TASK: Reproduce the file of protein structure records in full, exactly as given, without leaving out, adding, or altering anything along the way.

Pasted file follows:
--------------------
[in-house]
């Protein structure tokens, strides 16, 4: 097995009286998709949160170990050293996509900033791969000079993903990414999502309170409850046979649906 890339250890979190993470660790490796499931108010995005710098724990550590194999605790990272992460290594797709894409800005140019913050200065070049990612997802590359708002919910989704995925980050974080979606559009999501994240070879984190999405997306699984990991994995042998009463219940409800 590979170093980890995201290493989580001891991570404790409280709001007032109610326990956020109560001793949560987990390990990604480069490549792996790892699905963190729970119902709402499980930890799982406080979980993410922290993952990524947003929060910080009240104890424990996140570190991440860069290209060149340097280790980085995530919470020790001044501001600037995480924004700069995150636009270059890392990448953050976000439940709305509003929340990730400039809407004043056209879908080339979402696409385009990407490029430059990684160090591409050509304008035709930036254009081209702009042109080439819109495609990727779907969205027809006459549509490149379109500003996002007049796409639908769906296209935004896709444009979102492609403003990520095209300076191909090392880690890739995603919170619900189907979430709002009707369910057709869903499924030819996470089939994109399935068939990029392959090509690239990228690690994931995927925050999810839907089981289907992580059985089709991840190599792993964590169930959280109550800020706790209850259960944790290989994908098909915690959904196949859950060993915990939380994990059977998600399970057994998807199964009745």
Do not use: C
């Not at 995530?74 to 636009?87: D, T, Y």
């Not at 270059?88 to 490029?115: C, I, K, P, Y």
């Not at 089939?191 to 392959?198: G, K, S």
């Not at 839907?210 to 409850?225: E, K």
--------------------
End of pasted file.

[in-house]
């Protein structure tokens, strides 16, 4: 097995009286998709949160170990050293996509900033791969000079993903990414999502309170409850046979649906 890339250890979190993470660790490796499931108010995005710098724990550590194999605790990272992460290594797709894409800005140019913050200065070049990612997802590359708002919910989704995925980050974080979606559009999501994240070879984190999405997306699984990991994995042998009463219940409800 590979170093980890995201290493989580001891991570404790409280709001007032109610326990956020109560001793949560987990390990990604480069490549792996790892699905963190729970119902709402499980930890799982406080979980993410922290993952990524947003929060910080009240104890424990996140570190991440860069290209060149340097280790980085995530919470020790001044501001600037995480924004700069995150636009270059890392990448953050976000439940709305509003929340990730400039809407004043056209879908080339979402696409385009990407490029430059990684160090591409050509304008035709930036254009081209702009042109080439819109495609990727779907969205027809006459549509490149379109500003996002007049796409639908769906296209935004896709444009979102492609403003990520095209300076191909090392880690890739995603919170619900189907979430709002009707369910057709869903499924030819996470089939994109399935068939990029392959090509690239990228690690994931995927925050999810839907089981289907992580059985089709991840190599792993964590169930959280109550800020706790209850259960944790290989994908098909915690959904196949859950060993915990939380994990059977998600399970057994998807199964009745």
Do not use: C
């Not at 995530?74 to 636009?87: D, T, Y």
């Not at 270059?88 to 490029?115: C, I, K, P, Y």
């Not at 089939?191 to 392959?198: G, K, S």
């Not at 839907?210 to 409850?225: E, K």